I pulled into a parking lot along the main road and got out without my camera so that I could just look around a bit. As I scanned my surroundings I was surprised to see some large birds on rocks above the surf, birds that I did not immediately recognize. I soon was even more surprised when I realized that I was looking at a group of five turkey vultures — a bird that I’m more accustomed to seeing airborne, coasting on updrafts along inland coastal hills, and often seen alone. I didn’t have any good photographs of these birds, so I grabbed camera, long lens, and tripod and rectified that commission! In flight, these can be rather impressive birds — they are large and they coast quietly overhead. Yet their heads are a gaudy red color, and generally very wrinkled — this almost seems out of character with the rest of the bird. This group stood still for a few moments before, one by one, they gradually took to the air and departed.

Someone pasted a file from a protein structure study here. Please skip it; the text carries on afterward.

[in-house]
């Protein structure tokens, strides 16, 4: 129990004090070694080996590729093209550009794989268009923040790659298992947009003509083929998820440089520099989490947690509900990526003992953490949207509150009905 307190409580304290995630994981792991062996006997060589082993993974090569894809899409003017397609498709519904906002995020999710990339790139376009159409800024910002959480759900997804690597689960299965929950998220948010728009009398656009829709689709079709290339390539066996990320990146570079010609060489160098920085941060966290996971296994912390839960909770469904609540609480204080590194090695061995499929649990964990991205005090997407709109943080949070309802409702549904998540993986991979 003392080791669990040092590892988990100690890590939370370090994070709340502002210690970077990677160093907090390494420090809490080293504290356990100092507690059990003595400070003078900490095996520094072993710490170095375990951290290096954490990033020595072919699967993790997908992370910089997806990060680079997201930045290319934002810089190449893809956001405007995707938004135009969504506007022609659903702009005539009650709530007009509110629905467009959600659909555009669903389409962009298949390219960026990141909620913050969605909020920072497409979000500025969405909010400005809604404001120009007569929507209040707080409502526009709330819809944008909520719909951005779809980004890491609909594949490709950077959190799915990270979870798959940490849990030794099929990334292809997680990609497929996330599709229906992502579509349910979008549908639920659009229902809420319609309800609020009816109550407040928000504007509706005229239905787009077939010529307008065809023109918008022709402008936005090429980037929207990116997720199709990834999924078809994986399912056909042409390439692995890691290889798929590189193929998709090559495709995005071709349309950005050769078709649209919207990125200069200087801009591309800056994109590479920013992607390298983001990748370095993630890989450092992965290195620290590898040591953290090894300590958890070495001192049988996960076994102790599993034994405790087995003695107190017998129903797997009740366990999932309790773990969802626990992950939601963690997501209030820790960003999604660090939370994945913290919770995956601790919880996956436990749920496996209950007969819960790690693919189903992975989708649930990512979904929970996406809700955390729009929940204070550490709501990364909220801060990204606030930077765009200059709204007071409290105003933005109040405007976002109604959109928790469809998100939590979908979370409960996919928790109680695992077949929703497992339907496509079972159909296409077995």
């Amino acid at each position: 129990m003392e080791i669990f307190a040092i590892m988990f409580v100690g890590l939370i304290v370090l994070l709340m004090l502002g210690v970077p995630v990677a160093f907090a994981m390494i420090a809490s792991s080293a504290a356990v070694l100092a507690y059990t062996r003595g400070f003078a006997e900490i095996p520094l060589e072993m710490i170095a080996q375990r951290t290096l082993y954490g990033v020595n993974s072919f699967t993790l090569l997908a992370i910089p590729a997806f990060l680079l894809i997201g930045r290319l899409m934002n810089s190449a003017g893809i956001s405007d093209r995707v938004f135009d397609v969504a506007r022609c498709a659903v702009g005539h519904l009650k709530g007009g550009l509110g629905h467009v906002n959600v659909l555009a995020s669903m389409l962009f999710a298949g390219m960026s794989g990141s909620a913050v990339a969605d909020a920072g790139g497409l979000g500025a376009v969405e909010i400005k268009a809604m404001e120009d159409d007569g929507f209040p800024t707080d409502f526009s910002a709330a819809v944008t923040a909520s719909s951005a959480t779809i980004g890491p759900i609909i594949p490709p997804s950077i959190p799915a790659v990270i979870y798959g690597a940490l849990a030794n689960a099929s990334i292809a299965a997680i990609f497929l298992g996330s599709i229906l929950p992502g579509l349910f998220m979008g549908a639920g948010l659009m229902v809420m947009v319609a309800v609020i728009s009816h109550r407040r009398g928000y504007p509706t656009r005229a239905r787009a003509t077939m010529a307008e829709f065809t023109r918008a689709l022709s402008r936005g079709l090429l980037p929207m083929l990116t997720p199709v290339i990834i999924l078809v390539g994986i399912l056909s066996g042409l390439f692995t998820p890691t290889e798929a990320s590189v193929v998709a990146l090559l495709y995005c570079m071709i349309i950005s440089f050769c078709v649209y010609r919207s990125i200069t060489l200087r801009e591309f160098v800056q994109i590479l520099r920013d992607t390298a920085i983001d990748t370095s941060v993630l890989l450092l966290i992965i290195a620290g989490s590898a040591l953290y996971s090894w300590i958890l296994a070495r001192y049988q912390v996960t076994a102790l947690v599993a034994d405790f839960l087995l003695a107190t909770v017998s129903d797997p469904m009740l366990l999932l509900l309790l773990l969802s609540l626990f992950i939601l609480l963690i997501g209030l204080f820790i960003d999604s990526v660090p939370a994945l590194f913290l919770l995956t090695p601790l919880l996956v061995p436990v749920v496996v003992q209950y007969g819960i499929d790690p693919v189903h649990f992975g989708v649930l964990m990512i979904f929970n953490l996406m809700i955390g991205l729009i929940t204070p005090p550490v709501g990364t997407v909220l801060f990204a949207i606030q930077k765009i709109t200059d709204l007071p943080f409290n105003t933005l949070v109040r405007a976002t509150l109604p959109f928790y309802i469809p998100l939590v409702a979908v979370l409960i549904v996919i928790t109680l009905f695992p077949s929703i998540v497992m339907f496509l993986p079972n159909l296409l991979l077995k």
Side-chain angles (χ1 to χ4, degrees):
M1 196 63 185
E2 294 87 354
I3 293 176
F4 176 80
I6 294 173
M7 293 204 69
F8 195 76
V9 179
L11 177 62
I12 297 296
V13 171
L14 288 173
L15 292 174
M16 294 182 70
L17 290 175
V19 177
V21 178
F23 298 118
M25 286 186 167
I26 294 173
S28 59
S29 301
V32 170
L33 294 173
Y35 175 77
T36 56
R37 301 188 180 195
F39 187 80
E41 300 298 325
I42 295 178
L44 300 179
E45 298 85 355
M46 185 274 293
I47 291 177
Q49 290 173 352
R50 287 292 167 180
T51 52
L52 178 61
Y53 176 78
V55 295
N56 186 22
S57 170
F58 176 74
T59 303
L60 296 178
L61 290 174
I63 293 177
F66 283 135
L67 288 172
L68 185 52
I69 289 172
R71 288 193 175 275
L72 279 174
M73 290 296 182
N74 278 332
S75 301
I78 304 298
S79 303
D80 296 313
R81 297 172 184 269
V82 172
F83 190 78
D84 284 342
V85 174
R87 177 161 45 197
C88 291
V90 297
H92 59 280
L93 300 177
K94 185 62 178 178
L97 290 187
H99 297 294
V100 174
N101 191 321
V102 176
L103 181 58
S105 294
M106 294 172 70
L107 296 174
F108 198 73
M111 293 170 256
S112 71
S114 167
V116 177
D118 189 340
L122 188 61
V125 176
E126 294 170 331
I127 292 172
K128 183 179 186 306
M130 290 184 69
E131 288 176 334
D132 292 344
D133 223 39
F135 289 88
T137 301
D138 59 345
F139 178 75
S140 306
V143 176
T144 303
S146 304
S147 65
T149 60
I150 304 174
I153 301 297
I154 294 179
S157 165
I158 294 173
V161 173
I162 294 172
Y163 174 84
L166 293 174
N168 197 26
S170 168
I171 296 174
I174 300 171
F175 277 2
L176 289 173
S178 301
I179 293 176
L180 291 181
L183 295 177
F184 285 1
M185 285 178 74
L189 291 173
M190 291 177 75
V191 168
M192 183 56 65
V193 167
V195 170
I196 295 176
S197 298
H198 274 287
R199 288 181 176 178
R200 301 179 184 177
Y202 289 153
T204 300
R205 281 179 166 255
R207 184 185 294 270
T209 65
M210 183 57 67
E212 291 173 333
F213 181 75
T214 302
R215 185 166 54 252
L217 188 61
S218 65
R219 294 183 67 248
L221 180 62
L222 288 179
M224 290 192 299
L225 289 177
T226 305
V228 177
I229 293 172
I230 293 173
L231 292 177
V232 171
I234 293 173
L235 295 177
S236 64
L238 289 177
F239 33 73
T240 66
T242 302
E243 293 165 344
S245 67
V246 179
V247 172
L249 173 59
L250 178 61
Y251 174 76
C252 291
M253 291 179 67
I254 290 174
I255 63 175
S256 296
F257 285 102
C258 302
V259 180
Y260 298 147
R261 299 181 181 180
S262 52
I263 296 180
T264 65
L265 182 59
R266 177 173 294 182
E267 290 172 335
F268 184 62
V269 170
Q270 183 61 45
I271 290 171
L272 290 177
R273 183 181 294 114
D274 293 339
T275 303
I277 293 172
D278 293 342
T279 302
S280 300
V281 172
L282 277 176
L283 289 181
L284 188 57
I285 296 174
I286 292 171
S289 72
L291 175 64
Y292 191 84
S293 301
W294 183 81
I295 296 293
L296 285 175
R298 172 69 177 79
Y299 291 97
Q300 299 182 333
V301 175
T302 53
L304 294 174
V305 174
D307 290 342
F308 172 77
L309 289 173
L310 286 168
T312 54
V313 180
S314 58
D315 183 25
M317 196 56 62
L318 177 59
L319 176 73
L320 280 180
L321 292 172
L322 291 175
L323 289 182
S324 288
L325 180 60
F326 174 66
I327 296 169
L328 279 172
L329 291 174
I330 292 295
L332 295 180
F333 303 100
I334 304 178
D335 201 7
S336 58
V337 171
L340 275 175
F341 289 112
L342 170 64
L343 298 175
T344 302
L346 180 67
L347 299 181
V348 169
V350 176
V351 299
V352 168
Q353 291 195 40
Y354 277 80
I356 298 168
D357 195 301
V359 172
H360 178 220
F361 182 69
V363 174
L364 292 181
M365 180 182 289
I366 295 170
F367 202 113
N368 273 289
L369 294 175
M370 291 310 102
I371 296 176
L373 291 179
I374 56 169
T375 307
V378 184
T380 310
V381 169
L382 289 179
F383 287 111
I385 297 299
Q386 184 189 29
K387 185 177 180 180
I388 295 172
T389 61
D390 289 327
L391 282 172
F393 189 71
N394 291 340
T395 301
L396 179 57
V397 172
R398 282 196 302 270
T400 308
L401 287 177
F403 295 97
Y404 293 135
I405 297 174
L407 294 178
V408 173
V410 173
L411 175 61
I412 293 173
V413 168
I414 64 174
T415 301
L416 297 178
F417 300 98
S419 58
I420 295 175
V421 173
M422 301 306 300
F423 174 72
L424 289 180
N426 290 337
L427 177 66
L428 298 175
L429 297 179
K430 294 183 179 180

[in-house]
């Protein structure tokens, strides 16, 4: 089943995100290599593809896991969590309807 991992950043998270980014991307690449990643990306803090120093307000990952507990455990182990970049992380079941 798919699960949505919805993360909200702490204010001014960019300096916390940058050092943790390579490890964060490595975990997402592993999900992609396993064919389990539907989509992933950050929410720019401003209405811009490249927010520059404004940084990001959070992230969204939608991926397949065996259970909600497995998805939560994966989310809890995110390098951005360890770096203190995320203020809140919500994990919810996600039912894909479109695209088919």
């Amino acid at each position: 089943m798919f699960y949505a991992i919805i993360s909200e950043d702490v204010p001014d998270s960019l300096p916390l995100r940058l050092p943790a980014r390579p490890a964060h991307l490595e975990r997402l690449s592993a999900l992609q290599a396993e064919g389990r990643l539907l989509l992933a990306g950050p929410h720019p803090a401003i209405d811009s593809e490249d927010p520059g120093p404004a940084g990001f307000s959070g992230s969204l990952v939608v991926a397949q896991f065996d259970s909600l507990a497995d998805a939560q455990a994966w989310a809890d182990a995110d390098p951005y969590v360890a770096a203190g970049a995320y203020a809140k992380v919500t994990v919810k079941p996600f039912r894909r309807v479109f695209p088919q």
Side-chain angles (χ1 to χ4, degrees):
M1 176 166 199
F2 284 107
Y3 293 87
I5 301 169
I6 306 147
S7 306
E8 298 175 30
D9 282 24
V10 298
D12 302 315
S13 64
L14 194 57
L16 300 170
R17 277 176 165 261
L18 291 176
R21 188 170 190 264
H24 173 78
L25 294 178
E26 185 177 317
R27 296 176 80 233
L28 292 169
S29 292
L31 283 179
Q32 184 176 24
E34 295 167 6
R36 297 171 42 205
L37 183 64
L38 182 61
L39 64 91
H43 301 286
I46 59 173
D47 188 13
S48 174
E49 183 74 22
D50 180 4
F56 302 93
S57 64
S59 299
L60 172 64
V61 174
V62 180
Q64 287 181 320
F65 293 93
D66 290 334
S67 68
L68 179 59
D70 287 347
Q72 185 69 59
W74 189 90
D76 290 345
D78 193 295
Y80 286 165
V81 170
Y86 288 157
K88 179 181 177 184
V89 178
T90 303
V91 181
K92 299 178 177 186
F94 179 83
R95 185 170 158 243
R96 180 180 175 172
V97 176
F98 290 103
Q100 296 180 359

G Dan Mitchell is a California photographer and visual opportunist whose subjects include the Pacific coast, redwood forests, central California oak/grasslands, the Sierra Nevada, California deserts, urban landscapes, night photography, and more.
Blog | About | Flickr | Twitter | FacebookGoogle+ | 500px.com | LinkedIn | Email

Text, photographs, and other media are © Copyright G Dan Mitchell (or others when indicated) and are not in the public domain and may not be used on websites, blogs, or in other media without advance permission from G Dan Mitchell.

Dust Storm, Dunes

Dust Storm, Dunes
An afternoon desert dust storm obscures sand dunes

Dust Storm, Dunes. Death Valley National Park, California. April 1, 2015. © Copyright 2015 G Dan Mitchell – all rights reserved.

An afternoon desert dust storm obscures sand dunes